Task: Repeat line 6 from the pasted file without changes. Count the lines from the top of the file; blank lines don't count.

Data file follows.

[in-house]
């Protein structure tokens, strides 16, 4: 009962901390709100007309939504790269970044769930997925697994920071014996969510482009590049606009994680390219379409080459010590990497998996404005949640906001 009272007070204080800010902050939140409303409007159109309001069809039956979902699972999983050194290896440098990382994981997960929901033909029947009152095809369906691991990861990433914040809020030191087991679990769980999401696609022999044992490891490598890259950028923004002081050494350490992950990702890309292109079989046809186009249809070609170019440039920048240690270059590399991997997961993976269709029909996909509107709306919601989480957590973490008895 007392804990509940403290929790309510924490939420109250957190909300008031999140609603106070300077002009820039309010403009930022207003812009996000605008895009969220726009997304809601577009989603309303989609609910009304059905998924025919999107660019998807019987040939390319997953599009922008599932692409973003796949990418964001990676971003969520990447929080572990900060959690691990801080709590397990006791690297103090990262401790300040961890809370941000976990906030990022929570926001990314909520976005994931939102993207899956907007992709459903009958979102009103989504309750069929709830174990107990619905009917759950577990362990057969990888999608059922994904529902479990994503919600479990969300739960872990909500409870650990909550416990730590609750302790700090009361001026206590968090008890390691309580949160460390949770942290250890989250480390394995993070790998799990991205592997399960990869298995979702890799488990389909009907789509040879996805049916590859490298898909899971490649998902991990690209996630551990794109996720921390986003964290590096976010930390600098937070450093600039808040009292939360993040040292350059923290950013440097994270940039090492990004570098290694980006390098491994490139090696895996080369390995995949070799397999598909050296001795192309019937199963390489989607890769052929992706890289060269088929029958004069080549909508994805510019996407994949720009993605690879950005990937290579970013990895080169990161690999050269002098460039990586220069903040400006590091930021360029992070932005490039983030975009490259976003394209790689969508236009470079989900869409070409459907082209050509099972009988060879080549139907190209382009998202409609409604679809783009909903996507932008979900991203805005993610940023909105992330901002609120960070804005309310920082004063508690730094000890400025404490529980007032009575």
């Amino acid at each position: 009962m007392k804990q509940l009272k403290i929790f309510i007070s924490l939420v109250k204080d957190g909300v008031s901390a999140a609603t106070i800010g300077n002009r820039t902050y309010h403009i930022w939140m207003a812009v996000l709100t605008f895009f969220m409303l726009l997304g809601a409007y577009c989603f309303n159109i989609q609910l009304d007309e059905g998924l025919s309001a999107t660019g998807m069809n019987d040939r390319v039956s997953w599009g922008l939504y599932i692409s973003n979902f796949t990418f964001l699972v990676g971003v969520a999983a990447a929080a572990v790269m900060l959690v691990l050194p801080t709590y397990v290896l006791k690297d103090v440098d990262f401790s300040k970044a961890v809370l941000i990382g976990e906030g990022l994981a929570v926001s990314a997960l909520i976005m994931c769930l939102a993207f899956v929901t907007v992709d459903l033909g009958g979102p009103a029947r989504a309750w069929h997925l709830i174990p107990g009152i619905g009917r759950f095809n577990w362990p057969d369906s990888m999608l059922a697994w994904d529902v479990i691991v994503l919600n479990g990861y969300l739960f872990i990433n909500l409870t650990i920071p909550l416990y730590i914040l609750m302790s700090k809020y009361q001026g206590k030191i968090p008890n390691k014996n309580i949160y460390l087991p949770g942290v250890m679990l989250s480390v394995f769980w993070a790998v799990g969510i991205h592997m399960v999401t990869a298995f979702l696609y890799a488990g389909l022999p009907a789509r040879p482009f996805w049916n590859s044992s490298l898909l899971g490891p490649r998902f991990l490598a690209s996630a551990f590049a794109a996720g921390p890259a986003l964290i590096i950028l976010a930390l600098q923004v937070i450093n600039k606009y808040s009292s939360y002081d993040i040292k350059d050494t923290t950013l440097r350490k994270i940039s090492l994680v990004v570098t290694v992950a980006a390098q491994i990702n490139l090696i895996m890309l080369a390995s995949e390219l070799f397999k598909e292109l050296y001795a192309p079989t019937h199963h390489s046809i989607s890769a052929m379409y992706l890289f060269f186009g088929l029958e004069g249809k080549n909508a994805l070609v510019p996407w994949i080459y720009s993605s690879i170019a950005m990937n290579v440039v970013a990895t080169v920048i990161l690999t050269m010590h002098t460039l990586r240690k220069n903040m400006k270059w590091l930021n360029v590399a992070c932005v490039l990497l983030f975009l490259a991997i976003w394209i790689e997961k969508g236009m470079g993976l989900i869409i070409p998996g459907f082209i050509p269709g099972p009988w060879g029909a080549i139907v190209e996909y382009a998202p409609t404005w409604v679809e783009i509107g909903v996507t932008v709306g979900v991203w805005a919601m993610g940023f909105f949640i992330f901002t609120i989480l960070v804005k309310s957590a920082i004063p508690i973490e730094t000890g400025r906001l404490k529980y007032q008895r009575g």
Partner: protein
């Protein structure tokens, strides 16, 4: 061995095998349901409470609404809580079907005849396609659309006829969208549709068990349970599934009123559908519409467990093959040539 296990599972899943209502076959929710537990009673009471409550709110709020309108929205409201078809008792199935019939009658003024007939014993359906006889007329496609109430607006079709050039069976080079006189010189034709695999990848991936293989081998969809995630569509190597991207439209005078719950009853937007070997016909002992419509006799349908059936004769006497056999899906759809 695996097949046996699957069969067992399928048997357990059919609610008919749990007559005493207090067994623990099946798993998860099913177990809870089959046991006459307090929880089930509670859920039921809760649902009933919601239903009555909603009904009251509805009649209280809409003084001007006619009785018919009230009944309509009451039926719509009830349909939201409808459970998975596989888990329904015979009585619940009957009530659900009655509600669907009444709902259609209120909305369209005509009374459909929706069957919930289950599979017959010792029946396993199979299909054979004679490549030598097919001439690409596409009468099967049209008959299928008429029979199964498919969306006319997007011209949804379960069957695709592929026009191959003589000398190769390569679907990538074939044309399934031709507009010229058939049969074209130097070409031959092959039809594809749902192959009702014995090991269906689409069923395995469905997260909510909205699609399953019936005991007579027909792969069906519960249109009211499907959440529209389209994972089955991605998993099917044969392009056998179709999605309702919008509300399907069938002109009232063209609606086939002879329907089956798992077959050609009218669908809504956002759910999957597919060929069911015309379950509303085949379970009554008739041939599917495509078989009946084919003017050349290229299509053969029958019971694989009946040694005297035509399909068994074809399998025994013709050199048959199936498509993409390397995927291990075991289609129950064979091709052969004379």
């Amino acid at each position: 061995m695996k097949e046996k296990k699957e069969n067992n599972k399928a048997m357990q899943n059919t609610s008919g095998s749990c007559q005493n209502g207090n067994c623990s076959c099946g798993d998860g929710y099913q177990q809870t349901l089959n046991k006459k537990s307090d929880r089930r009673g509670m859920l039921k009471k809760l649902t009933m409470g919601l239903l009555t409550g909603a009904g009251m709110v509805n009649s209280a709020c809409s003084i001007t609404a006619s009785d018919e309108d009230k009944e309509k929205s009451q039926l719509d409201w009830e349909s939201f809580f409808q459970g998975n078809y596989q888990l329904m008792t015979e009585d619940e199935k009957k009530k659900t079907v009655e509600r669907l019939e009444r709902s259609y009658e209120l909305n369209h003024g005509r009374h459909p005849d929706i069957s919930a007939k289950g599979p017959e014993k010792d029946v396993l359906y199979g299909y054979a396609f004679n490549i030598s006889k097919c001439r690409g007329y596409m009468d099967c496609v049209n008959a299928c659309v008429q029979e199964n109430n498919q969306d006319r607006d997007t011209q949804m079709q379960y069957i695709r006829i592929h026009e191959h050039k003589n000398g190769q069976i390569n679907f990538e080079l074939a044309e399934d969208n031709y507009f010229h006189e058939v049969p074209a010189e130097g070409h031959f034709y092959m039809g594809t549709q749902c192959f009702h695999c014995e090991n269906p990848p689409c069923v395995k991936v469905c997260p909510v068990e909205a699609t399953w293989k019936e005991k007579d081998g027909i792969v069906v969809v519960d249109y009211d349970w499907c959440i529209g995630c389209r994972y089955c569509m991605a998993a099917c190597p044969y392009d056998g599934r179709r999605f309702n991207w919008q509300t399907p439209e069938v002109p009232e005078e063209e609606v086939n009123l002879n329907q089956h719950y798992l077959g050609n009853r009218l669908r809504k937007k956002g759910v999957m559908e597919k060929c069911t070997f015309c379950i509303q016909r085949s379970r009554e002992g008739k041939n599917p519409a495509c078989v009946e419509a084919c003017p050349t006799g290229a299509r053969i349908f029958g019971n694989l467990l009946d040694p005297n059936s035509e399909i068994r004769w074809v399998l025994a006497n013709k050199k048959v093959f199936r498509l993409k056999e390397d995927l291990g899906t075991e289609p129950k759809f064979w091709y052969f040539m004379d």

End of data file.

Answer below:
């Amino acid at each position: 061995m695996k097949e046996k296990k699957e069969n067992n599972k399928a048997m357990q899943n059919t609610s008919g095998s749990c007559q005493n209502g207090n067994c623990s076959c099946g798993d998860g929710y099913q177990q809870t349901l089959n046991k006459k537990s307090d929880r089930r009673g509670m859920l039921k009471k809760l649902t009933m409470g919601l239903l009555t409550g909603a009904g009251m709110v509805n009649s209280a709020c809409s003084i001007t609404a006619s009785d018919e309108d009230k009944e309509k929205s009451q039926l719509d409201w009830e349909s939201f809580f409808q459970g998975n078809y596989q888990l329904m008792t015979e009585d619940e199935k009957k009530k659900t079907v009655e509600r669907l019939e009444r709902s259609y009658e209120l909305n369209h003024g005509r009374h459909p005849d929706i069957s919930a007939k289950g599979p017959e014993k010792d029946v396993l359906y199979g299909y054979a396609f004679n490549i030598s006889k097919c001439r690409g007329y596409m009468d099967c496609v049209n008959a299928c659309v008429q029979e199964n109430n498919q969306d006319r607006d997007t011209q949804m079709q379960y069957i695709r006829i592929h026009e191959h050039k003589n000398g190769q069976i390569n679907f990538e080079l074939a044309e399934d969208n031709y507009f010229h006189e058939v049969p074209a010189e130097g070409h031959f034709y092959m039809g594809t549709q749902c192959f009702h695999c014995e090991n269906p990848p689409c069923v395995k991936v469905c997260p909510v068990e909205a699609t399953w293989k019936e005991k007579d081998g027909i792969v069906v969809v519960d249109y009211d349970w499907c959440i529209g995630c389209r994972y089955c569509m991605a998993a099917c190597p044969y392009d056998g599934r179709r999605f309702n991207w919008q509300t399907p439209e069938v002109p009232e005078e063209e609606v086939n009123l002879n329907q089956h719950y798992l077959g050609n009853r009218l669908r809504k937007k956002g759910v999957m559908e597919k060929c069911t070997f015309c379950i509303q016909r085949s379970r009554e002992g008739k041939n599917p519409a495509c078989v009946e419509a084919c003017p050349t006799g290229a299509r053969i349908f029958g019971n694989l467990l009946d040694p005297n059936s035509e399909i068994r004769w074809v399998l025994a006497n013709k050199k048959v093959f199936r498509l993409k056999e390397d995927l291990g899906t075991e289609p129950k759809f064979w091709y052969f040539m004379d």